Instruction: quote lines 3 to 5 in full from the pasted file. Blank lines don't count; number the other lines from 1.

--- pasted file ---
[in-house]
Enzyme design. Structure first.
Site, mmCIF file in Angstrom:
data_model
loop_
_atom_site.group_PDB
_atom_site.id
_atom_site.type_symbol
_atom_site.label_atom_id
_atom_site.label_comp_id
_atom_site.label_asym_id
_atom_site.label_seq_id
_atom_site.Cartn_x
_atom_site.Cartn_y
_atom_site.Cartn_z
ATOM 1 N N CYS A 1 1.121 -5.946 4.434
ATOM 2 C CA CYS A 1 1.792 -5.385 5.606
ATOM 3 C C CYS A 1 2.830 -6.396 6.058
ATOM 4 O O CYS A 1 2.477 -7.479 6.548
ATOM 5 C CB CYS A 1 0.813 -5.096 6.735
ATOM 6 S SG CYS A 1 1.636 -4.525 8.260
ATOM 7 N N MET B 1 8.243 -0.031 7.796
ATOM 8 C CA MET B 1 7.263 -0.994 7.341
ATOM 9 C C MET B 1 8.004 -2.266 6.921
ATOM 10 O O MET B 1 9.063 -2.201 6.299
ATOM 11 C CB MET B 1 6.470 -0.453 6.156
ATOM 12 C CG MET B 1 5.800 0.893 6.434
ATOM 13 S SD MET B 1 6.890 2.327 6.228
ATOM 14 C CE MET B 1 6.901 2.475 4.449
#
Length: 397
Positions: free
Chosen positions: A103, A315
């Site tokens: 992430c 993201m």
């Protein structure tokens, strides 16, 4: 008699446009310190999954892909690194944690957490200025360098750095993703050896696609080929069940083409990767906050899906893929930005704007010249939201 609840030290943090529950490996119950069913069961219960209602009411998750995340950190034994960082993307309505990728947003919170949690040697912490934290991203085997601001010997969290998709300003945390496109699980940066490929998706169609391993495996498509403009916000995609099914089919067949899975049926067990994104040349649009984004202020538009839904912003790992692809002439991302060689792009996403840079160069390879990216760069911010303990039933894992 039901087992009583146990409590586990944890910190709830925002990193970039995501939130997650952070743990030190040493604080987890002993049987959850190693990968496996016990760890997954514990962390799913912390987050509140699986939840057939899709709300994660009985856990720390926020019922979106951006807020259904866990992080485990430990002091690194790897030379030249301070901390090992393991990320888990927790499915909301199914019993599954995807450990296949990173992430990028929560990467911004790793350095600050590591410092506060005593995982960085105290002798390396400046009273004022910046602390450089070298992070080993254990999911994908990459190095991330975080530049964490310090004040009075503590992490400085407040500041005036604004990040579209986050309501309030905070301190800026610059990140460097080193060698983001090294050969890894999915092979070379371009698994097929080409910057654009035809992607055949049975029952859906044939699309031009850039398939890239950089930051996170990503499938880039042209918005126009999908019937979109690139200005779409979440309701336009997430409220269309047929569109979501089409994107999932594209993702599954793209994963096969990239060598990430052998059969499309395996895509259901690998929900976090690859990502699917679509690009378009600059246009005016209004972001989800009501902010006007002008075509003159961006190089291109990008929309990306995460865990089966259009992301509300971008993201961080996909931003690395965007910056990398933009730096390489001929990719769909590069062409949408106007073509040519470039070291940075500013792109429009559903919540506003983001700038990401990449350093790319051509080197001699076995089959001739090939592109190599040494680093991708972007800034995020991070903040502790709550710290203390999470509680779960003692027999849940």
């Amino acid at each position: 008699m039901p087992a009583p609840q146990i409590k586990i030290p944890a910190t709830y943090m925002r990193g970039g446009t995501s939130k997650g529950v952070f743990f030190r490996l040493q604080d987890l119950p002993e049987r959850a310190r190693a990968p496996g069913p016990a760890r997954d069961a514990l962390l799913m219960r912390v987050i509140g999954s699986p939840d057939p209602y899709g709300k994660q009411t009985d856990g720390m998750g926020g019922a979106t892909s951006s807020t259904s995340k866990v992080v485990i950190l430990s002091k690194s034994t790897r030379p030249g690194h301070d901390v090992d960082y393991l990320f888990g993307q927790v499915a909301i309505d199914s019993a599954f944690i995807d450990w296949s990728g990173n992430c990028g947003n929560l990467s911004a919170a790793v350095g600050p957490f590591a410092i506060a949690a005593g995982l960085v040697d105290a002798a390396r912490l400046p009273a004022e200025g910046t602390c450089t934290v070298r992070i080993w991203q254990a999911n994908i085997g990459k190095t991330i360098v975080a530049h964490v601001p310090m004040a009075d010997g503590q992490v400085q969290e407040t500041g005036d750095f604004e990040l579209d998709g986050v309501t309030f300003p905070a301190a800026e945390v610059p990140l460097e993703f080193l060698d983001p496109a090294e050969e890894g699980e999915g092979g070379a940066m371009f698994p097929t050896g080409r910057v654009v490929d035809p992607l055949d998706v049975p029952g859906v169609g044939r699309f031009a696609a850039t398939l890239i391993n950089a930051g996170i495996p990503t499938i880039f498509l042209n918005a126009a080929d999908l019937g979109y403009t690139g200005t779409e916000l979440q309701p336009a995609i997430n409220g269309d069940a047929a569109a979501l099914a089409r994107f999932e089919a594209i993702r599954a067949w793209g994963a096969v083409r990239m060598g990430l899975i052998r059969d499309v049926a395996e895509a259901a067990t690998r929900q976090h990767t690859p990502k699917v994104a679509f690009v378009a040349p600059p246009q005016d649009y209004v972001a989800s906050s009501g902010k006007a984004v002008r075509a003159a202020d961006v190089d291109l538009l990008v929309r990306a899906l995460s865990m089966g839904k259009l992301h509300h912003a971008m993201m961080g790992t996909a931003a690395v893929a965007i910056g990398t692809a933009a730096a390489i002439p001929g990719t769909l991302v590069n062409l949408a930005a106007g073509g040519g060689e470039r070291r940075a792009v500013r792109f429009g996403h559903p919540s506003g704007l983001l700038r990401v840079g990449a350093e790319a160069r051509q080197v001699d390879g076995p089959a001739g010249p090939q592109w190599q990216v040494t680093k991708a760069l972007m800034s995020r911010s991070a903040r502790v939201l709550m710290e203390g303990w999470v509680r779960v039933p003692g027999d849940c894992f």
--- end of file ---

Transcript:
Site, mmCIF file in Angstrom:
data_model
loop_